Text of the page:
FORT LAUDERDALE, Fla. — Rep. Alcee Hastings, the fiercely liberal longtime Florida congressman who was dogged throughout his tenure by an impeachment that ended his fast-rising judicial career, died Tuesday. He was 84.
Hastings’ death was confirmed by his chief of staff, Lale M. Morrison. Hastings, a Democrat from the Fort Lauderdale area, announced two years ago that he had pancreatic cancer.
Hastings was known as an advocate for minorities, a defender of Israel and a voice for gays, immigrants, women and the elderly. He held senior posts on the House Rules Committee and the Helsinki Commission, which works with other countries on a variety of multinational issues.
President Joe Biden called Hastings “a trailblazing lawyer” whom he admired for his “singular sense of humor, and for always speaking the truth bluntly and without reservation.”
“Alcee was outspoken because he was passionate about helping our nation live up to its full promise for all Americans,” Biden said in his statement.
House Speaker Nancy Pelosi said Hastings’ “leadership and friendship will be missed by his many friends in Congress.”
But throughout his career, Hastings’ impeachment remained a nagging footnote. It was repeatedly invoked in news accounts and seen as derailing his ambitions for a greater leadership role.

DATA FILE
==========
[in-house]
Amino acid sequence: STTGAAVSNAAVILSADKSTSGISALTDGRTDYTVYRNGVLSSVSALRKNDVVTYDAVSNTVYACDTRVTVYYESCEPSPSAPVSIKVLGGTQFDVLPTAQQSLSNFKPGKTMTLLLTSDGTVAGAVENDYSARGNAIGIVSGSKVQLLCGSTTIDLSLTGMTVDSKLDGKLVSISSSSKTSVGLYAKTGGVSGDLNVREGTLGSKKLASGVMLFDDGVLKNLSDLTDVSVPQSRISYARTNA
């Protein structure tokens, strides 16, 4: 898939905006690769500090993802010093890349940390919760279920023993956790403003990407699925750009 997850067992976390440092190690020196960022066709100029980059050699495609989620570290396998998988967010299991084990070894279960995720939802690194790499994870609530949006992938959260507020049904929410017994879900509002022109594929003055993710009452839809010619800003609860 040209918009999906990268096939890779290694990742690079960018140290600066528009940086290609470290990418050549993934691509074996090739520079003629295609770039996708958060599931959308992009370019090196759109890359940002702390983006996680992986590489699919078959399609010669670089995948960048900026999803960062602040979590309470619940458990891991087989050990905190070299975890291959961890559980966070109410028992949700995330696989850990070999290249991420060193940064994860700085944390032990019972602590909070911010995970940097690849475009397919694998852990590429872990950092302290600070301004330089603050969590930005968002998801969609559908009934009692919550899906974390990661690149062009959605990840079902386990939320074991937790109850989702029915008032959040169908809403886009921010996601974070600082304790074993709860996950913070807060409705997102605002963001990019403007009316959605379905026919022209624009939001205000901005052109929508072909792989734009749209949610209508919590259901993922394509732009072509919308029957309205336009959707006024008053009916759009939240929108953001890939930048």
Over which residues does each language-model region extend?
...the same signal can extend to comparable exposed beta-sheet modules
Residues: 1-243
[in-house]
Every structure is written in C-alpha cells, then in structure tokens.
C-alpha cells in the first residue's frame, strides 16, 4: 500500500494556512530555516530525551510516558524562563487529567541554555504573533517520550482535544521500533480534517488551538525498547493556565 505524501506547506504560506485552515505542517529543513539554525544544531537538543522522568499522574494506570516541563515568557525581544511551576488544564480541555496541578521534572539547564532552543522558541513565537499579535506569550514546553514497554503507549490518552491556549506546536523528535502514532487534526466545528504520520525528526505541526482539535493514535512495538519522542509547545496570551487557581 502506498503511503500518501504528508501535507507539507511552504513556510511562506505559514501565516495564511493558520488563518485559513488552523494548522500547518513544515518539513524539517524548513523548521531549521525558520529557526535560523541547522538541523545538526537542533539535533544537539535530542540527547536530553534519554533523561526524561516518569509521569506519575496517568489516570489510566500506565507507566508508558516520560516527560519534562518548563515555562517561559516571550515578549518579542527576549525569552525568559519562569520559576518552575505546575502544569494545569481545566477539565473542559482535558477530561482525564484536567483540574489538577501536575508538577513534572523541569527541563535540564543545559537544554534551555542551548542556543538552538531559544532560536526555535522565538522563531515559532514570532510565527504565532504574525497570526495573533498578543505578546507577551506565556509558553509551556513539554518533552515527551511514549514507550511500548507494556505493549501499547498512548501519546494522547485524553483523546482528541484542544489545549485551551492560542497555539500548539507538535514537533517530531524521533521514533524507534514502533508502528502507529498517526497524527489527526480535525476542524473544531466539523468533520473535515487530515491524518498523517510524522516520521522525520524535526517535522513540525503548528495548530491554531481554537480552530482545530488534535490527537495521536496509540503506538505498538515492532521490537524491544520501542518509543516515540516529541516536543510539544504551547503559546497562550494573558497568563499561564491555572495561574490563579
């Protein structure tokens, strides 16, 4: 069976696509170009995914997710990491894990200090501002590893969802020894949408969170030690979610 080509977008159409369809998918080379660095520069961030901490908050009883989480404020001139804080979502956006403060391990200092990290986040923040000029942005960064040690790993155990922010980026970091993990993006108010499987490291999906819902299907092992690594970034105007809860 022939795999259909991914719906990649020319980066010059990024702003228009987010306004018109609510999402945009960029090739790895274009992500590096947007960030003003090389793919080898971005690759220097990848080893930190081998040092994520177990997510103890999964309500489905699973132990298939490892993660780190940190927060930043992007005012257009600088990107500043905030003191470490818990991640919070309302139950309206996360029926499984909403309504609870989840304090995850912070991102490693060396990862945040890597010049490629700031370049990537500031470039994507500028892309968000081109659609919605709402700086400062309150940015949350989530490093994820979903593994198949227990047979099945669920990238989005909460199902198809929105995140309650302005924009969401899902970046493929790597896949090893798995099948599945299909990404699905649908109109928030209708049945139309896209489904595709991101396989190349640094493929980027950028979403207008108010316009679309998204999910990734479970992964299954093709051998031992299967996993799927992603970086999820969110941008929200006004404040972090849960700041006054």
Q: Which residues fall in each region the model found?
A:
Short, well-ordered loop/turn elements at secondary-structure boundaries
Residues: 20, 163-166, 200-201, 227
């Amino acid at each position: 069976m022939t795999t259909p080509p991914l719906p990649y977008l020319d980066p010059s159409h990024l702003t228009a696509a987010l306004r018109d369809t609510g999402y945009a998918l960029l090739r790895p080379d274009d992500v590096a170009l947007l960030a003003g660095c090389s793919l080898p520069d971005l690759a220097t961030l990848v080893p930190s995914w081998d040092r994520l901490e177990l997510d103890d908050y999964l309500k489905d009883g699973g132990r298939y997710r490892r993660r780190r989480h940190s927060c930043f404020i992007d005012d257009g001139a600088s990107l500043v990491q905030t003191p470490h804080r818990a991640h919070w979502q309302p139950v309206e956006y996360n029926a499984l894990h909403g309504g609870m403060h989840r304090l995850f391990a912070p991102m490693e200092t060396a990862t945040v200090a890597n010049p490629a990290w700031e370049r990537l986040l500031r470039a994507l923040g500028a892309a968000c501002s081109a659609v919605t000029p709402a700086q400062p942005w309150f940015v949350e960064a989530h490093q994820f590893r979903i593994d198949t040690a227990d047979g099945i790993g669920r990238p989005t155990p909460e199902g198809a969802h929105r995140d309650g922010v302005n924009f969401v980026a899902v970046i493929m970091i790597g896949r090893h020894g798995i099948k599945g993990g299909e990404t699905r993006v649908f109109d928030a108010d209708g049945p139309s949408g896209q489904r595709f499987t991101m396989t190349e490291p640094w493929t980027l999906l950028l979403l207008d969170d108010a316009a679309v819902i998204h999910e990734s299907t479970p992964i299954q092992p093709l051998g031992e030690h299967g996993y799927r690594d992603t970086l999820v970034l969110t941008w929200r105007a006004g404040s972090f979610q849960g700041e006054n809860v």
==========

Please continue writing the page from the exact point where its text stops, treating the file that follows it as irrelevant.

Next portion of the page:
“That seems to be the only thing of significance to people who write,” Hastings told The Associated Press in 2013, predicting that the impeachment would be in the lead paragraph of his obituary.
Despite his seniority, Hastings was passed over for chairmanship of the House Intelligence Committee when the Democrats took control of Congress in 2006. But as he did time and again throughout his life, he insisted his fight wasn’t over and that he wouldn’t be discouraged.
“Sorry, haters,” he said when not chosen for the intelligence posting, “God is not finished with me yet.”
Under Florida law, Gov. Ron DeSantis will call a special election in the coming months to fill the vacancy. Hastings’ district is overwhelmingly Democratic — he received 80% of the vote in November.
Hastings’ death, meanwhile, lowers the Democrats’ majority to a scant 218-211 in the House. Their narrow margin is forcing the party to muster nearly unanimous votes to push legislation through the chamber, and is bolstering Republican hopes for capturing House control in the 2022 elections.
There are six vacancies – four from seats that were held by Democrats, two by Republicans.
The seat won by Rep.-elect Luke Letlow, R-La., who died from COVID-19 before being sworn into office, will go to his widow, Julia Letlow, who won a special election. The rest are expected to be retained by the same parties that had held them.
Born Sept. 5, 1936, in Altamonte Springs, Florida, a largely black Orlando suburb, Hastings was the son of a maid and a butler. He attended Fisk University and Florida A&M. After earning his law degree he went into private practice, frequently taking civil rights cases pro bono. He made an unsuccessful bid for the Senate in 1970, then earned a state judgeship.
In 1979, President Jimmy Carter named him to the federal bench. He was the first Black person to hold a federal judgeship in Florida since Reconstruction.